February 2010 Issue
Revisiting a Classic
Cleveland Orchestra principal keyboardist Joela Jones reminisces about recording ‘Porgy and Bess.’
Just as “Porgy and Bess” broke new ground when it debuted 75 years ago, so, too, did the Cleveland Orchestra and Chorus’ interpretation of Gershwin’s masterpiece leave its audience dazzled after it was recorded in 1975: For not only was it the first time the complete opera was produced in stereo, but the three-disc compilation also had the distinction of being the first opera recording ever made by the Cleveland Orchestra.
To Joela Jones, a then-recent graduate of the Cleveland Institute of Music who’d been appointed the orchestra’s principal keyboardist a scant three years before, playing such an instrumental part in the landmark recording is an experience she’ll treasure forever.
“Maybe its because I’m an American,” Jones muses, “ but I’m very proud that this magnificent piece was written by an American and performed so beautifully by an American orchestra and conducted by Lorin Maazel, an American conductor.”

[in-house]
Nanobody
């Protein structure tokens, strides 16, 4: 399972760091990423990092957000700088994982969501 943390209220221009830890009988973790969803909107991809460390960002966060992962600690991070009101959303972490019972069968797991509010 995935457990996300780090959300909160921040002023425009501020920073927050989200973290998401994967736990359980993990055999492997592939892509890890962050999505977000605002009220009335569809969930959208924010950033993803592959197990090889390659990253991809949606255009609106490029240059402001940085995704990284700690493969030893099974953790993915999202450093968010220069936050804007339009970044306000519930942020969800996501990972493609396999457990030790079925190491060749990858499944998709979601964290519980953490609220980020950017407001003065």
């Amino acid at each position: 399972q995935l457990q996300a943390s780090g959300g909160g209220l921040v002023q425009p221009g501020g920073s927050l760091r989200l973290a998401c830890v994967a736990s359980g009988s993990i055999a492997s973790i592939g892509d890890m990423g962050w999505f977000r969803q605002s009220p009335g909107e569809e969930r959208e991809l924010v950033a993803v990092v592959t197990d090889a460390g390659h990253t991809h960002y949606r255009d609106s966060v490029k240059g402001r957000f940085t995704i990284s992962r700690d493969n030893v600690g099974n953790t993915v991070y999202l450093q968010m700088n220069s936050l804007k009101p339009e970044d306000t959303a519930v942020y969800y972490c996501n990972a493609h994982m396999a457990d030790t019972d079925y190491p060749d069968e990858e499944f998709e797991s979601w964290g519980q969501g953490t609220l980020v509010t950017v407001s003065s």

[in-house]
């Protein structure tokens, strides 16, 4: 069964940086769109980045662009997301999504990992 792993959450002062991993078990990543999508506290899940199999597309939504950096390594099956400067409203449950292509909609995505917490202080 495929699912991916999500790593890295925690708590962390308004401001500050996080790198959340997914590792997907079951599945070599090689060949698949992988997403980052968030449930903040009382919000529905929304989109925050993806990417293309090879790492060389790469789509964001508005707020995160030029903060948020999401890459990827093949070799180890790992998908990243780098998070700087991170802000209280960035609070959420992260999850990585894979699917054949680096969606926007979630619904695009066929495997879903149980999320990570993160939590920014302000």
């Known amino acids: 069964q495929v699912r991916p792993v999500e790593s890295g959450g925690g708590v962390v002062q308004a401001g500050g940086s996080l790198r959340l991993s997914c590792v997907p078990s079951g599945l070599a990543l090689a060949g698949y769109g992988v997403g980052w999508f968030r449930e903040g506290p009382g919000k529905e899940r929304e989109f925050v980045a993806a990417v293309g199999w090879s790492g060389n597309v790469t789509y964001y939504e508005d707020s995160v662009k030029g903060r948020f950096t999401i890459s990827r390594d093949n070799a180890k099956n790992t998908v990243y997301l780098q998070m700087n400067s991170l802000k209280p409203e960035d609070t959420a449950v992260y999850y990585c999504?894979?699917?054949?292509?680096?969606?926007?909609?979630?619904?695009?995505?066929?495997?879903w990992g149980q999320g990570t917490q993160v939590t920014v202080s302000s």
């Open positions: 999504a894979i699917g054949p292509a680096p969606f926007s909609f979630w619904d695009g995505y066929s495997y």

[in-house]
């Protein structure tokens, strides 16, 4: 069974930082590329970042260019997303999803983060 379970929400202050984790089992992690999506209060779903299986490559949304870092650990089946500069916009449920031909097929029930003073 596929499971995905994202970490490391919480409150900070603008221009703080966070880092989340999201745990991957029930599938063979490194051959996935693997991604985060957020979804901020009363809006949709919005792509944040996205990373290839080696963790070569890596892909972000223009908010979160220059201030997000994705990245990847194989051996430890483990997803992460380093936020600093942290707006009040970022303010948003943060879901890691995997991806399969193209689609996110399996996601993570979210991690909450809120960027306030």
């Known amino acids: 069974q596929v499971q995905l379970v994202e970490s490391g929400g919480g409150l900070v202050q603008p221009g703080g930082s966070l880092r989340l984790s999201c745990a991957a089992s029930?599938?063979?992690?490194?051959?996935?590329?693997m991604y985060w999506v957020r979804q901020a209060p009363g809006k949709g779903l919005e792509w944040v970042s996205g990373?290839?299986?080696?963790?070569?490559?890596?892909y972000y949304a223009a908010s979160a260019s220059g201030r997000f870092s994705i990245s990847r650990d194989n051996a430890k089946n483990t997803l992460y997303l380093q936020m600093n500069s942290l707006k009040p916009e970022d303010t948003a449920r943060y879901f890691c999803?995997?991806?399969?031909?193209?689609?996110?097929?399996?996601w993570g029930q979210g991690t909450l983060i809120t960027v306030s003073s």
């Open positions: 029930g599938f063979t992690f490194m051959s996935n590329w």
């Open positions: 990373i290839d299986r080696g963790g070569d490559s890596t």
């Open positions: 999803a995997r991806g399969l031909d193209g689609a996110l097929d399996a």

Unlike his predecessors, who focused on European symphonies, says Jones, Maazel was a versatile artist who also embraced the operatic.
“He approached ‘Porgy and Bess’ the way he would a work by Wagner or Puccini,” she explains. “Maazel gave it tremendous vitality and value, elevating it to where it should be.
“I think,” Jones adds, “that comes across in our playing.”
Indeed, Maazel and producer Michael Woolcock left no detail to chance. And that included crafting the honky-tonk sound they decided was a key component of the overture (listen below), in which Jones tickles the ivories as Jasbo Brown.
The duo prowled the corridors and back rooms of Cleveland’s Masonic Hall –– where the recording would be made –– in search of a badly out-of-tune piano that would provide the noteworthy ambiance they were searching for. They found one, and had it moved to the stage, next to the 9-foot concert grand, which Jones would also play.
As was the practice before recording sessions commenced, a piano tuner was called in to check the concert grand.
“When Maazel came in several hours later,” Jones recalls, “he just about died.”
For the piano tuner had done his work well –– on both pianos: The honky-tonk sound was gone.
There was only one thing to do.
“They paid him,” Jones says, “to untune it.”
Porgy and Bess
Act 1, Scene 1
Track 1: Introduction, Jasbo Brown Blues (featuring Joela Jones)
Track 2: "Summertime" (performed by Barbara Hendricks as Clara)